One place still bustling is Lyttelton, and the road over the Port Hills from Christchurch. David Williams takes a look
It’s Christchurch’s playground. Or should that be neighbourhood?
The Port Hills are the towering yin to the flat city’s yang, a paradise for those on two wheels or two feet, boasting public or private reserves almost all the way along, as well as the Adventure Park.
It seems it still is, for some.
A couple of road cyclists amble to the Sign of the Kiwi, 332m above sea level.
It’s a four-way intersection overlooked by a historic café, where motorists reach a crest and head down towards Governors Bay. Many cyclists head along the Summit Rd towards Sumner.
“I’ll quickly jump over here,” one of the cyclists says, so he can text two other people. “Although they’ll be ages away. I’ll give them a call.”
On the way up Dyers Pass Rd there had been about as many bikes as cars, but that only meant a handful. A female runner raced up the steps opposite the café. The bike trails below the road, and walking tracks above it, are empty.
Suddenly there is “congestion”. Well, what passes for congestion in the lockdown. The cyclists are joined at the top by two cars, seemingly joyriding.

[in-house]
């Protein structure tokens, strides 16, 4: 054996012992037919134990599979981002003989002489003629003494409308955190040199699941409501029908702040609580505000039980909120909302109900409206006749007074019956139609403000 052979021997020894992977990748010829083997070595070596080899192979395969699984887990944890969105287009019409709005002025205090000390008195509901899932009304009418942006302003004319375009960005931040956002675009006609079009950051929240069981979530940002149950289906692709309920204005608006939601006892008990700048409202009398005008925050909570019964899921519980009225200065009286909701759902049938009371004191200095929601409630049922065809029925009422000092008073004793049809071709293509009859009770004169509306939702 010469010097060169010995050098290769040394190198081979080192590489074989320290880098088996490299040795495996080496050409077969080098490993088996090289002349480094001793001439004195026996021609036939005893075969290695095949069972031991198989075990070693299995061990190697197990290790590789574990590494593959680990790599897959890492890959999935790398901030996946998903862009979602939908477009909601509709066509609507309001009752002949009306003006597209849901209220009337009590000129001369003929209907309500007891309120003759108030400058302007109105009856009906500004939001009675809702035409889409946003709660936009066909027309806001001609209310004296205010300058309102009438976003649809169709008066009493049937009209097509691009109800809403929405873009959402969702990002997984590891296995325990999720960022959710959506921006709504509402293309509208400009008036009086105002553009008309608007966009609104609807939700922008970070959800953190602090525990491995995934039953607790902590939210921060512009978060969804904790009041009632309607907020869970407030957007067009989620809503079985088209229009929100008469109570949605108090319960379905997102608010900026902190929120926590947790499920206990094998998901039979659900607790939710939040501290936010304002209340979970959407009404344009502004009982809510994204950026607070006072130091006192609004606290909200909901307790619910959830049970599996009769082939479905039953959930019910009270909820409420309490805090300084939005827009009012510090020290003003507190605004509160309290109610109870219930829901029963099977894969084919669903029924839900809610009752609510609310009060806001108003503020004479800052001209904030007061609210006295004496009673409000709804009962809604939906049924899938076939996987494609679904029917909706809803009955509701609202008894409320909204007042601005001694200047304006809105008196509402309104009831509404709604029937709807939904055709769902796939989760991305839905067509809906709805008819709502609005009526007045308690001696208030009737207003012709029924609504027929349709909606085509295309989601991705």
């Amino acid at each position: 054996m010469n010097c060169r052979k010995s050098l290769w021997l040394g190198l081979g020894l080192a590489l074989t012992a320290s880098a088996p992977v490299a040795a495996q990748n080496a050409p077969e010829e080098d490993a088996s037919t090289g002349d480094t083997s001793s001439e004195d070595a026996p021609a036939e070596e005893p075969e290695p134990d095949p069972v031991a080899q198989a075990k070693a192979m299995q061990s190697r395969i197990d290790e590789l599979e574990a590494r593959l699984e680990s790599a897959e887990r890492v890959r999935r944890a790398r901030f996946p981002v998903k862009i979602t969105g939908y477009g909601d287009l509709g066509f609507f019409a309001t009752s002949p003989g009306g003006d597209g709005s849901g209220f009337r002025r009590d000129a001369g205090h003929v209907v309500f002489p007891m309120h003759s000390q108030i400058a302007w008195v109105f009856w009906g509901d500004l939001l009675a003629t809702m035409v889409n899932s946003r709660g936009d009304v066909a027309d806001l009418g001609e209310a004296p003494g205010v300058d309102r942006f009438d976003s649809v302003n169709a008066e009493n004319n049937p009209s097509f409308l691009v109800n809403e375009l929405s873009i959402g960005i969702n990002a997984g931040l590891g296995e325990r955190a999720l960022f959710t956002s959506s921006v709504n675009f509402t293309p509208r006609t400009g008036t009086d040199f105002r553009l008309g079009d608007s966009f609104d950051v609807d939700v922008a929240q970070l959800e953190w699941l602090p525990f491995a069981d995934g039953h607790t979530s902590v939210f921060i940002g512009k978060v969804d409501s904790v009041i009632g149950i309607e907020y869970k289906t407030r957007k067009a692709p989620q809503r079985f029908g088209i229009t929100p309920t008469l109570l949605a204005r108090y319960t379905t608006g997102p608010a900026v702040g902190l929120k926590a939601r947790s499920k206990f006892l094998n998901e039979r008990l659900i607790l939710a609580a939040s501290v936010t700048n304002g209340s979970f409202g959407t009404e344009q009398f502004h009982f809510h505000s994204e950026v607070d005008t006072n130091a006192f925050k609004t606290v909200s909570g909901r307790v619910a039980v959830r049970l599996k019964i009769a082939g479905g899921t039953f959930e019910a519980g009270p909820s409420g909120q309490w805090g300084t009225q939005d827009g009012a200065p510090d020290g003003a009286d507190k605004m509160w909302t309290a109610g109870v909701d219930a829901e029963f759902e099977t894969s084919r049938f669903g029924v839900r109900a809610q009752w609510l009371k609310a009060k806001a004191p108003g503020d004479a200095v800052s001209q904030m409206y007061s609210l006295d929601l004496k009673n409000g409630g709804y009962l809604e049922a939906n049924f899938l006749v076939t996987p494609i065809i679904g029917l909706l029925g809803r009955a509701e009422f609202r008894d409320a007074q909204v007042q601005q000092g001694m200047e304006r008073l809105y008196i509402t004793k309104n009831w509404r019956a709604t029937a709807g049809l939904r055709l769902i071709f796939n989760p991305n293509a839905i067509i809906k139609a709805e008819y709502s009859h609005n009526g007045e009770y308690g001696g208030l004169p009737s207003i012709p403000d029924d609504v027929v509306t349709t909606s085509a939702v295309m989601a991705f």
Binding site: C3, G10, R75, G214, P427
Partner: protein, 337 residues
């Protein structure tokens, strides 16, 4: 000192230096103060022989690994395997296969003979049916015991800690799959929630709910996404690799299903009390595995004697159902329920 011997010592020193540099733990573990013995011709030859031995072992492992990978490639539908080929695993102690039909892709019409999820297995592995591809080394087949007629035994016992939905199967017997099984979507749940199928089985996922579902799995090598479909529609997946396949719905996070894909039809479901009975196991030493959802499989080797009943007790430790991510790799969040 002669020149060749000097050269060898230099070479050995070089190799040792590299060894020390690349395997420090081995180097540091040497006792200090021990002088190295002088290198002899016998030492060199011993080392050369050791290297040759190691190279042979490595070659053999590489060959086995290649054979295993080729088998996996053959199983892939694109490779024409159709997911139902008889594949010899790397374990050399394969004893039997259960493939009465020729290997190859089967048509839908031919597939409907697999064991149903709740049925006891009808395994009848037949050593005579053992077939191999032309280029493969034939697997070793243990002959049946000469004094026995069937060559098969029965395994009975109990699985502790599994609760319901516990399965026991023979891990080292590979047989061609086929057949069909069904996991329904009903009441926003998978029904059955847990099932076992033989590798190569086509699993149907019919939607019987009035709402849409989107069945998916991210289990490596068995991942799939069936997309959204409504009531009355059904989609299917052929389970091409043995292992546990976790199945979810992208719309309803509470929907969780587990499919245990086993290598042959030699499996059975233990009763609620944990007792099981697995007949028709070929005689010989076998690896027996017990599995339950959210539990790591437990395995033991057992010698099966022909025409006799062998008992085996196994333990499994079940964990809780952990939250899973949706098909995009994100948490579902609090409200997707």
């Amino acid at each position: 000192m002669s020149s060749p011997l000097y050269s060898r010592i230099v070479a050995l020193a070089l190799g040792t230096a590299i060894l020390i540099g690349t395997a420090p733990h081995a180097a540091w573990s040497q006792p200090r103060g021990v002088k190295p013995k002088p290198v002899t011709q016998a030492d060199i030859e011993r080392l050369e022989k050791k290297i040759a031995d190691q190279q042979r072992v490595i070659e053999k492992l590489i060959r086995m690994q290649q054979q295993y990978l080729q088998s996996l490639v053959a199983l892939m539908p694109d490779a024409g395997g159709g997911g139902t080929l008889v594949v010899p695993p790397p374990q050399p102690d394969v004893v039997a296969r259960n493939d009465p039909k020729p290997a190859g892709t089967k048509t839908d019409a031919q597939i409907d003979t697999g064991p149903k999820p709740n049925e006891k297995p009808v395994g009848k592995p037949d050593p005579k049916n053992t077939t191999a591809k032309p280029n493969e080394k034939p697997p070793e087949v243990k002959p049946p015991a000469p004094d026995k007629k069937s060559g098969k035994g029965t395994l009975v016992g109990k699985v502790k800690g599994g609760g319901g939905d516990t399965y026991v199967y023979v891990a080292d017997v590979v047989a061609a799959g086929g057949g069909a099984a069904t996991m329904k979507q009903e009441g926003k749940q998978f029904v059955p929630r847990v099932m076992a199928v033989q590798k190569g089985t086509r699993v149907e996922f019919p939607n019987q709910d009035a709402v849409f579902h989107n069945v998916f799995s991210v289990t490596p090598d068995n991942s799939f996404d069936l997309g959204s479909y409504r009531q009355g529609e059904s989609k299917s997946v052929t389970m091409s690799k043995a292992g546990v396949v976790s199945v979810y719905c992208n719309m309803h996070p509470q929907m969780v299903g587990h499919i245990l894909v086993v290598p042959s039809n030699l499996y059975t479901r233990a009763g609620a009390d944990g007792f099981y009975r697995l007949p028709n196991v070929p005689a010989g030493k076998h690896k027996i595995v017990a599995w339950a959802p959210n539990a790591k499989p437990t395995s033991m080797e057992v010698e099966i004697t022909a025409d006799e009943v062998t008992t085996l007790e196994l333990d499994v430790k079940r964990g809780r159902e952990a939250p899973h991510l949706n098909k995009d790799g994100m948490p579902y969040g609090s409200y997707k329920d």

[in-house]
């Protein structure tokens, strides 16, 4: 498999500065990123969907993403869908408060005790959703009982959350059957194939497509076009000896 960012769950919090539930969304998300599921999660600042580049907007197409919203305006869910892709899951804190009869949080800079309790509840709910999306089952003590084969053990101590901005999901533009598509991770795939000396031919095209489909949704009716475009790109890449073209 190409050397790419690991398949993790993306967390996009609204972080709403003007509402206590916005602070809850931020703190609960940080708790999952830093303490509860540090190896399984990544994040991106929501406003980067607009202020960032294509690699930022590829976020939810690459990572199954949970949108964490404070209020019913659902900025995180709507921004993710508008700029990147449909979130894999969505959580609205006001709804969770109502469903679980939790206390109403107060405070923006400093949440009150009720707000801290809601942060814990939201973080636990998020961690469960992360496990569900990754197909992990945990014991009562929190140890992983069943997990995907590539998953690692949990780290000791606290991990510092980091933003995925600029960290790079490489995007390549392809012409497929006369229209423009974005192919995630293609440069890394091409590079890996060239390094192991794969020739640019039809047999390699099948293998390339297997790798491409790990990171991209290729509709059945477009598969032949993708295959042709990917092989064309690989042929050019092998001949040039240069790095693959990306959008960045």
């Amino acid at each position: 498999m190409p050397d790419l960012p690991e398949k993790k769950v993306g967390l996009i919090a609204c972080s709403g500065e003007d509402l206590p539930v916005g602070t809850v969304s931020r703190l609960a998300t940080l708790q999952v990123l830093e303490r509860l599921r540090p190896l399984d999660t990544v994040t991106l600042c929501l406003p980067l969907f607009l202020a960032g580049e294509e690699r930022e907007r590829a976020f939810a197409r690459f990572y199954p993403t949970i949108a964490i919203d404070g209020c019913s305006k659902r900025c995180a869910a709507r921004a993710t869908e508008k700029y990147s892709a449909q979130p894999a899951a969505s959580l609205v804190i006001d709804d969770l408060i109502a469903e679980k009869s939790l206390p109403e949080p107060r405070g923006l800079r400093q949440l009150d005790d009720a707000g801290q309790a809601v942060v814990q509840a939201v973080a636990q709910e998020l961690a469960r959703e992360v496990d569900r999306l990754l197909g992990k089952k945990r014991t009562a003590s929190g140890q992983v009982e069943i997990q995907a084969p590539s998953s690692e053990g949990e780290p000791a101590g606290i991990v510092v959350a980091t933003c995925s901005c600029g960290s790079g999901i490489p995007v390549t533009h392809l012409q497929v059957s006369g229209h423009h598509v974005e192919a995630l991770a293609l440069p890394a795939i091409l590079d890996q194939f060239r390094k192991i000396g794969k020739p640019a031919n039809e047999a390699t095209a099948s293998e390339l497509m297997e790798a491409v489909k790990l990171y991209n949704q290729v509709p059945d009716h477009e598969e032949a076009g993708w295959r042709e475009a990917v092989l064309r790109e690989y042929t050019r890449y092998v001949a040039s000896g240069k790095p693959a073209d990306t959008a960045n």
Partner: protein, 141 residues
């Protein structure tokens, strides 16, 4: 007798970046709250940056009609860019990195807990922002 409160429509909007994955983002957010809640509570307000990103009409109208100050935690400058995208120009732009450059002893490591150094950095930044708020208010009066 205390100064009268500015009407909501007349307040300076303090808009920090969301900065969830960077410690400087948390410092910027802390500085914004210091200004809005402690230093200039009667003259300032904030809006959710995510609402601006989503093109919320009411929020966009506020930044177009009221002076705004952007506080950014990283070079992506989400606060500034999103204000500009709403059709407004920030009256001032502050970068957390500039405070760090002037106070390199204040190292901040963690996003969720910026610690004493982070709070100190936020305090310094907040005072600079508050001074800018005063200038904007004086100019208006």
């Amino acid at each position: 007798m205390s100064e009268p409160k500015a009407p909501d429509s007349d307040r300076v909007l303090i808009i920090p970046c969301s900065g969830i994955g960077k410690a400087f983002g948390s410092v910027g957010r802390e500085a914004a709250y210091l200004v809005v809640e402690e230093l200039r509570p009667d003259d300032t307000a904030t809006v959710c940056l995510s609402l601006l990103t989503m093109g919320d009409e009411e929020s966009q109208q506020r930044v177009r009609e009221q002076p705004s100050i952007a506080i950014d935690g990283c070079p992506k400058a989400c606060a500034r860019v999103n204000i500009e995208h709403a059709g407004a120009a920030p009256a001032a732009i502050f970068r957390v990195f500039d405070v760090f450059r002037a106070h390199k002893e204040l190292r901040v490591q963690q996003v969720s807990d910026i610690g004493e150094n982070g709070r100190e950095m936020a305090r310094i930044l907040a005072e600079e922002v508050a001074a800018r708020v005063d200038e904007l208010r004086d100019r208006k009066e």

The rain comes in and the “crowd” disperses.
Down the other side, through the bays and past Rāpaki, lies the port town of Lyttelton, which is abuzz with activity.
A steady stream of trucks rumble along Norwich Quay – except, that is, when a skateboarder takes advantage of a break in traffic.
A train pulls towards the port, where straddle carriers can be seen plying the corridors between stacked containers. Huge piles of logs are dotted around, including on open rail cars. An angle grinder can be heard at the dry dock.
Wharf-hugging ships loll, dreaming of the far-away places they’re registered – Nassau, in the Bahamas, Majuro, in the Marshall Islands, and the Italian port of Trieste. The turquoise waters beyond are broken by a single vessel, the almost-empty Diamond Harbour Ferry.
Lyttelton’s main street, London St, is chocka with parked cars, concentrated near the supermarket and pharmacy. Outside the dairy – “Only one customer allowed in store at a time”, the sign on the door says – a silver-haired woman returns to her ute.
“I’m loving it,” she says of the lockdown. “I probably shouldn’t be, really.”
Sweeping up from the port, the beautifully smooth 2.6km stretch of Sumner Rd is almost completely deserted. A single mountain biker struggles towards Evans Pass. An elderly couple take in the harbour from the lookout.
This road had its own lockdown, enforced by the 2011 earthquakes. It was showered with boulders and part of the road just crumbled down the steep hill away.
After 30 months of work costing $40 million, it re-opened in March last year.
Kiwis will be bracing for an announcement from the Government this Monday, about the pace of their own re-opening, as it were.